What if it was faster to take the T to downtown Boston than a car? Imagine what Boston would be like if we could get from East Boston to Cleveland Circle in 20 minutes. That’s where Go Boston 2030 comes in.

Alice Brown is the Project Manager for Go Boston 2030--a citywide initiative to envision the future of transportation in Boston for the next 5, 10 and 15 years. This data-driven, 18-month process will propose how transportation can support significant improvements in equity, climate, and the economy. We sat down with Alice to learn more about the initiative and how it aligns with the City’s climate mitigation and preparedness efforts.

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1. Can you share with us how Go Boston 2030 ties in to Boston’s Climate Action Plan? What are its other priorities?

Ensuring that Boston’s transportation infrastructure is resilient to the effects of climate change and that people travelling in the city are incentivized to use more sustainable modes of transportation is a fundamental pillar of Go Boston 2030. We are also using one of the main targets of the Climate Action Plan -- to reduce the total vehicle miles travelled by 5.5% below 2005 levels by 2020 -- to guide our future project selection.

Equity and Economy are the other two pillars of the plan. We want communities that have been historically underserved by transportation to have improved access to transit, walking, and cycling options while protecting the affordability of their housing stock. Meanwhile, we also want to provide improved connections to employment and educational opportunities particularly in thriving job districts outside the downtown.

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2. What can we do to better prepare our transportation infrastructure for climate change? What have we done so far?

Boston history is based on being a major coastal city and has always been aware of its relationship with the water. Tunnels, bridges, and roadways that are vulnerable to flooding and storm surges are being designed and improved to ensure that they remain resilient as sea level rise progresses. State agencies like MassDOT, the MBTA, and the Department of Conservation and Recreation (DCR) are continuously working to protect and improve most of the infrastructure likely to be initially affected by severe weather.

The Boston Complete Streets design guidelines include many localized ways to absorb storm water runoff with permeable paving, street trees planted in structured soil, vegetated rain gardens, and stormwater planters. We are also using last winter’s snow storms as a learning tool to improve our response to snow clearance demands so that our transportation system can recover more quickly.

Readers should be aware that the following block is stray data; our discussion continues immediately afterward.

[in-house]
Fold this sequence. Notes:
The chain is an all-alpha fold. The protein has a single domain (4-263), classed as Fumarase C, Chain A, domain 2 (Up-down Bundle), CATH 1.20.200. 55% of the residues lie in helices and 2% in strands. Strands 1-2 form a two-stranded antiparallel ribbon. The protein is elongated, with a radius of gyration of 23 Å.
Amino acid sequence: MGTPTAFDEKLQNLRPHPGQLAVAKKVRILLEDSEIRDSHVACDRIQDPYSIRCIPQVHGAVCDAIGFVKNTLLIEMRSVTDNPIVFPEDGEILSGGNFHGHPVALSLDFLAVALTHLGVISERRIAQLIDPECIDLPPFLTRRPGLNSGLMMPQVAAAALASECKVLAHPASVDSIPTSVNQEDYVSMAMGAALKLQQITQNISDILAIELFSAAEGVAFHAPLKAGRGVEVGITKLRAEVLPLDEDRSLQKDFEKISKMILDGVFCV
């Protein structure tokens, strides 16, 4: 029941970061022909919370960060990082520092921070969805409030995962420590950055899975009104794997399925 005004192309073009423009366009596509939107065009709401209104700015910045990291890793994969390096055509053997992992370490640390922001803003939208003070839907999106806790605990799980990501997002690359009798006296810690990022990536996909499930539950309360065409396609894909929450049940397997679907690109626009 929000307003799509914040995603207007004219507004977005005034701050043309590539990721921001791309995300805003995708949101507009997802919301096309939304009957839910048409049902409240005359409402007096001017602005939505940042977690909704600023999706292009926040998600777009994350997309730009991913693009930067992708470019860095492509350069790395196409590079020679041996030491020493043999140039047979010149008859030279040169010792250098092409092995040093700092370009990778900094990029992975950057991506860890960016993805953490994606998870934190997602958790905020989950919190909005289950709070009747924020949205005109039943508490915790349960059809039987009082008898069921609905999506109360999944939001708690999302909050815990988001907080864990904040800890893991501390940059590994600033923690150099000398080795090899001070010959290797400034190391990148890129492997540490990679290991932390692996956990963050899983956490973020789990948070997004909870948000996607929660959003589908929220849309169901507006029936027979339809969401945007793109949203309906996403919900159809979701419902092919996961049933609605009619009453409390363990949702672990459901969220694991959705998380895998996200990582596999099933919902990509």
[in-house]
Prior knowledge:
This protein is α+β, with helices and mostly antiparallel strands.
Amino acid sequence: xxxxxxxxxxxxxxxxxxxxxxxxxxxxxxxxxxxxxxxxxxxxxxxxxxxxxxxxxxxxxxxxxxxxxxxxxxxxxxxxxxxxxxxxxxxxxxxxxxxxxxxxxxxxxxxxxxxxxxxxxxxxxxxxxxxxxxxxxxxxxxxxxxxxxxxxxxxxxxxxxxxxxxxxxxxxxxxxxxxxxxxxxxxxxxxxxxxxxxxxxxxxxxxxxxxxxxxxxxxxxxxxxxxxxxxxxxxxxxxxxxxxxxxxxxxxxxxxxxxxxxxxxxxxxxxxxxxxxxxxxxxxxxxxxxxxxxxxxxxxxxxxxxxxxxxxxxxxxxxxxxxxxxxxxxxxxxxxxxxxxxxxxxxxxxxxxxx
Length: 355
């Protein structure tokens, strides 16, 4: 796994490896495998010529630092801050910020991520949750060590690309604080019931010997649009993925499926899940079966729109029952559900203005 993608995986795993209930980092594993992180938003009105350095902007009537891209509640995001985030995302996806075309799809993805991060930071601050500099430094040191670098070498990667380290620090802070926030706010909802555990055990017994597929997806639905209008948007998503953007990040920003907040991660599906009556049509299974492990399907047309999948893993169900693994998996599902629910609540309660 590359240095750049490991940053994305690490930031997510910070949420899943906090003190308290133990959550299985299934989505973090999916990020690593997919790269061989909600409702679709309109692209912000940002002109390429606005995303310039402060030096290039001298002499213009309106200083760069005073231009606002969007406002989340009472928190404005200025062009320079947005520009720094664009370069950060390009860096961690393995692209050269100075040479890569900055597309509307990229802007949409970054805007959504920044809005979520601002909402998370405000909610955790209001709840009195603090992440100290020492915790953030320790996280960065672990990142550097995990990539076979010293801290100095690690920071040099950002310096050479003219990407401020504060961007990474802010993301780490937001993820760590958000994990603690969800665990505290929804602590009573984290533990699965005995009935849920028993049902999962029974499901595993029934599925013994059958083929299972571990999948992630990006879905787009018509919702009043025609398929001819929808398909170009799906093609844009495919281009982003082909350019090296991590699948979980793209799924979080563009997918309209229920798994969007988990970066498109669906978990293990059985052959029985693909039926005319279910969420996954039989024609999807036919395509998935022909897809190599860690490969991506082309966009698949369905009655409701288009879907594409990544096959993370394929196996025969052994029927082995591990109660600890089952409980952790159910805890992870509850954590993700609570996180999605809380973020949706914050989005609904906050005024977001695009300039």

3. Parking is a hot button issue in Boston. What are some ways that we’re tackling this challenge?

This spring Mayor Walsh announced a series of Early Action Projects for Go Boston 2030. One project is the installation of intelligent multi-space parking meters throughout the city making it easier to pay with mobile apps as an alternative to credit cards or coins. Not only does this allow for the potential of fitting more cars along a curb, it will provide better data for the City of more effectively manage parking. In the long run, meters may adjust prices to be demand responsive, which would in turn reduce congestion from people circling the block to find a space.

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4. Go Boston 2030’s Question Campaign gained a lot of traction in the city. Can you share some of the results with us?

This winter we collected roughly 5,000 questions about getting around Boston in the future. Questions about how we power our cars and buses came up regularly and included requests for more electric charging stations, solar power, and other alternatives to fossil fuels. Other questions reminded us that if there will be more water, we should expand ferry service or think about canals.

Some questions demonstrate broad thinking about meaningful change. One person asked, “Why do we wait so long to enact all of our best transit options and create truly spectacular streets? Will we have the wisdom to continue to think beyond the car?” And people who are ready to stop driving in Boston are still seeking alternatives for exploring beyond the city’s borders with questions like “How can I live car-free in the city but still have access to a transportation method to get out to a beautiful New England town on the weekends?”

 

5. After the success of the Go Boston 2030 Visioning Lab last month, what are the next steps and how can Bostonians stay involved?

If you attended the Visioning Lab, donated a question, or have just been following along as the process unfolds, we hope that you’ll review the draft Vision Report towards the end of the summer. Then, in the fall, everyone is invited to help us develop the projects and policies that will be featured in the final Action Plan. We’ll be back out in neighborhoods with more ways to participate.

 

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